A Bundle of Letters, by Henry James

Chapter II

From the Same to the Same.

September 16th.

Since I last wrote to you I have left that hotel, and come to live in a French family. It’s a kind of boarding-house combined with a kind of school; only it’s not like an American hoarding-house, nor like an American school either. There are four or five people here that have come to learn the language — not to take lessons, but to have an opportunity for conversation. I was very glad to come to such a place, for I had begun to realise that I was not making much progress with the French. It seemed to me that I should feel ashamed to have spent two months in Paris, and not to have acquired more insight into the language. I had always heard so much of French conversation, and I found I was having no more opportunity to practise it than if I had remained at Bangor. In fact, I used to hear a great deal more at Bangor, from those French Canadians that came down to cut the ice, than I saw I should ever hear at that hotel. The lady that kept the books seemed to want so much to talk to me in English (for the sake of practice, too, I suppose), that I couldn’t bear to let her know I didn’t like it. The chambermaid was Irish, and all the waiters were German, so that I never heard a word of French spoken. I suppose you might hear a great deal in the shops; only, as I don’t buy anything — I prefer to spend my money for purposes of culture — I don’t have that advantage.

I have been thinking some of taking a teacher, but I am well acquainted with the grammar already, and teachers always keep you bothering over the verbs. I was a good deal troubled, for I felt as if I didn’t want to go away without having, at least, got a general idea of French conversation. The theatre gives you a good deal of insight, and as I told you in my last, I go a good deal to places of amusement. I find no difficulty whatever in going to such places alone, and am always treated with the politeness which, as I told you before, I encounter everywhere. I see plenty of other ladies alone (mostly French), and they generally seem to be enjoying themselves as much as I. But at the theatre every one talks so fast that I can scarcely make out what they say; and, besides, there are a great many vulgar expressions which it is unnecessary to learn. But it was the theatre, nevertheless, that put me on the track. The very next day after I wrote to you last I went to the Palais Royal, which is one of the principal theatres in Paris. It is very small, but it is very celebrated, and in my guide-book it is marked with two stars, which is a sign of importance attached only to first-class objects of interest. But after I had been there half an hour I found I couldn’t understand a single word of the play, they gabbled it off so fast, and they made use of such peculiar expressions. I felt a good deal disappointed and troubled — I was afraid I shouldn’t gain all I had come for. But while I was thinking it over — thinking what I should do — I heard two gentlemen talking behind me. It was between the acts, and I couldn’t help listening to what they said. They were talking English, but I guess they were Americans.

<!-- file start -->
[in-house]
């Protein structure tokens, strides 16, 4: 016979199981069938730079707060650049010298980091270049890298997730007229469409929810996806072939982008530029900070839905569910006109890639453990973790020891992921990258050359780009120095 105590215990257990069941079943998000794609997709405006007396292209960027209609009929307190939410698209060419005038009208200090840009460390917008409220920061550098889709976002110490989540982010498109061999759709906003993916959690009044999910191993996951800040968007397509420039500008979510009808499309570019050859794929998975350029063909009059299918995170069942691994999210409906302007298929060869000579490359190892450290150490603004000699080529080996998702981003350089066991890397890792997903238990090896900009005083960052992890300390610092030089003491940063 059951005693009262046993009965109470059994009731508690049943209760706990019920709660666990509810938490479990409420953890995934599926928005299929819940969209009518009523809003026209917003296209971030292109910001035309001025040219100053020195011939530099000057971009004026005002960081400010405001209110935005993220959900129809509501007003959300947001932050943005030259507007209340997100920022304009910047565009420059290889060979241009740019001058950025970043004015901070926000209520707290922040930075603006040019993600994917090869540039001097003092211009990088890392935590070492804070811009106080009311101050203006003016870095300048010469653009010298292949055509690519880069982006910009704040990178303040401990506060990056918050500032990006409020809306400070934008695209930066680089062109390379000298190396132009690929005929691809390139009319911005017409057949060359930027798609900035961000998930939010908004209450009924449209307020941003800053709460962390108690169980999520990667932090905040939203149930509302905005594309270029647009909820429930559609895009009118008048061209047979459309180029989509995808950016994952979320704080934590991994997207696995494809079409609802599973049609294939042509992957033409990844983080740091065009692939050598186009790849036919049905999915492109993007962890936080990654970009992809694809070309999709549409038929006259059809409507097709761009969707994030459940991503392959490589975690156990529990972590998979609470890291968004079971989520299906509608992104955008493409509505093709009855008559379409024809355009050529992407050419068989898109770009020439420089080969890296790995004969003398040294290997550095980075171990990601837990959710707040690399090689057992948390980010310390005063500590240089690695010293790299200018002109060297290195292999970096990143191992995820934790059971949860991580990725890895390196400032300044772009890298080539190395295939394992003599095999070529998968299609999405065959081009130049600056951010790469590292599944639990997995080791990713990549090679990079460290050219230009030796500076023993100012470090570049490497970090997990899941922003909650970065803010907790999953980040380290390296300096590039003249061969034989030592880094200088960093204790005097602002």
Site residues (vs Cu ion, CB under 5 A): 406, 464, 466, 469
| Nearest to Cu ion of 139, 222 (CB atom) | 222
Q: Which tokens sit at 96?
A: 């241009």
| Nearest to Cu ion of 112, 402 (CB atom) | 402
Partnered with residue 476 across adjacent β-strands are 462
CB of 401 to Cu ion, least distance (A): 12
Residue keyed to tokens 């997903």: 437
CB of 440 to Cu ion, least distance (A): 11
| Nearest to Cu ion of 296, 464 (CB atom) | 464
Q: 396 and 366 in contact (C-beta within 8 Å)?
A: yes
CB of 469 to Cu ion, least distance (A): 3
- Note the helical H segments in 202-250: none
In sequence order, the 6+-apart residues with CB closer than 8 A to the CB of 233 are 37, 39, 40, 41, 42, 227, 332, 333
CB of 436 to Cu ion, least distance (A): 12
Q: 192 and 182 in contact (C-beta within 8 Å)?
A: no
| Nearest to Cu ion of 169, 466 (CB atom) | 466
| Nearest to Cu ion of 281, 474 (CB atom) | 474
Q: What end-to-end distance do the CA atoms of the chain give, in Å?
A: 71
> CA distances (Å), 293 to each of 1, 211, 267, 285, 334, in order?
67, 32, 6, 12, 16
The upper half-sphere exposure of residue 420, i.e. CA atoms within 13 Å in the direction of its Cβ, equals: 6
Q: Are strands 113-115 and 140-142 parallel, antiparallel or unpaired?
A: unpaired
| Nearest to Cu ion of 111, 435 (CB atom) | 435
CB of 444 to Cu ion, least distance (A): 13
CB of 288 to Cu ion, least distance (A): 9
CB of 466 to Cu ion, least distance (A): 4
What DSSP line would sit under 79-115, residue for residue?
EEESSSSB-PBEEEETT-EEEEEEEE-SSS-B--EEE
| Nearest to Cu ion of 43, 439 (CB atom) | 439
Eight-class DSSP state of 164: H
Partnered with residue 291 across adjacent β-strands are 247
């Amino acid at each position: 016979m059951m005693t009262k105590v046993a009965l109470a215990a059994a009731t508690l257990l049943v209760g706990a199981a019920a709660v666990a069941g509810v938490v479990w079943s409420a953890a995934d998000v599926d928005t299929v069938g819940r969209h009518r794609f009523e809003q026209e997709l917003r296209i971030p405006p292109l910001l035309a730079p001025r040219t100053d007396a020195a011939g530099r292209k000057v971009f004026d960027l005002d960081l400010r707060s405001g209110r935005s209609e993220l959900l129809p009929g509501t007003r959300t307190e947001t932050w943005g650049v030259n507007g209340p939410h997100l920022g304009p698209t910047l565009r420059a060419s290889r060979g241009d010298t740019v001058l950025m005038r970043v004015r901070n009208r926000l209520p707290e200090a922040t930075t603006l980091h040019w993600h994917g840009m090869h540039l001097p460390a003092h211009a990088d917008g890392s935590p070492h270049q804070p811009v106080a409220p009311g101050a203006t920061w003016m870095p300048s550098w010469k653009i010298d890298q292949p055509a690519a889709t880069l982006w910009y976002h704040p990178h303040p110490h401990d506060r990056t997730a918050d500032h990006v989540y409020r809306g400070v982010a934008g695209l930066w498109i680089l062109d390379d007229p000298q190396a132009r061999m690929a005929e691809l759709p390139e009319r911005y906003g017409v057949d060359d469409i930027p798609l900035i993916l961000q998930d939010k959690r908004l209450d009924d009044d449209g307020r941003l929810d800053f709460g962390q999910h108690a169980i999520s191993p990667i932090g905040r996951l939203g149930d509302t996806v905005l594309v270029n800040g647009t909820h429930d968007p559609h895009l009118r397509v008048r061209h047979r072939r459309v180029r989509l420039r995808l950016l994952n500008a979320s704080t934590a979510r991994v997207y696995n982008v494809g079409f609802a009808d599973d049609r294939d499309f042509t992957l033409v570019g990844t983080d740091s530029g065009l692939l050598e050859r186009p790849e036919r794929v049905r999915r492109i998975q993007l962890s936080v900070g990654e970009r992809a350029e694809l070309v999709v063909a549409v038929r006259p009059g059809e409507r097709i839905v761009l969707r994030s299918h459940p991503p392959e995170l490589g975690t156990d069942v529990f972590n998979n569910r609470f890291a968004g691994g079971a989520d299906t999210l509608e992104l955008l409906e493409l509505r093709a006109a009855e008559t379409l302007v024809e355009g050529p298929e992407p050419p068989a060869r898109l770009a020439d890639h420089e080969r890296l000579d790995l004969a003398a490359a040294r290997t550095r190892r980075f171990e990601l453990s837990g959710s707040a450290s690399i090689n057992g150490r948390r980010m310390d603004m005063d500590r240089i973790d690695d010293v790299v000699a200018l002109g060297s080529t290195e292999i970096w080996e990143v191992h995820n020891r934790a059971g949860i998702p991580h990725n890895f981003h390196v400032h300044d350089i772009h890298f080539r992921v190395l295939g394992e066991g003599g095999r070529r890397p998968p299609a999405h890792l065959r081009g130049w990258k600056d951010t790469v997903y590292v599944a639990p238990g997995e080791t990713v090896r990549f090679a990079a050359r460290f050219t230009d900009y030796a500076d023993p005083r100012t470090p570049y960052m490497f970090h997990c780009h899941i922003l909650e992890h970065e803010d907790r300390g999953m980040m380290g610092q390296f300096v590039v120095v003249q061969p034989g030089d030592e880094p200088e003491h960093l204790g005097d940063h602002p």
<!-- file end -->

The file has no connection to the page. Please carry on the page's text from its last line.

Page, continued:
“Well,” said one of them, “it all depends on what you are after. I’m French; that’s what I’m after.”

“Well,” said the other, “I’m after Art.”

“Well,” said the first, “I’m after Art too; but I’m after French most.”

Then, dear mother, I am sorry to say the second one swore a little. He said, “Oh, damn French!”

“No, I won’t damn French,” said his friend. “I’ll acquire it — that’s what I’ll do with it. I’ll go right into a family.”

“What family’ll you go into?”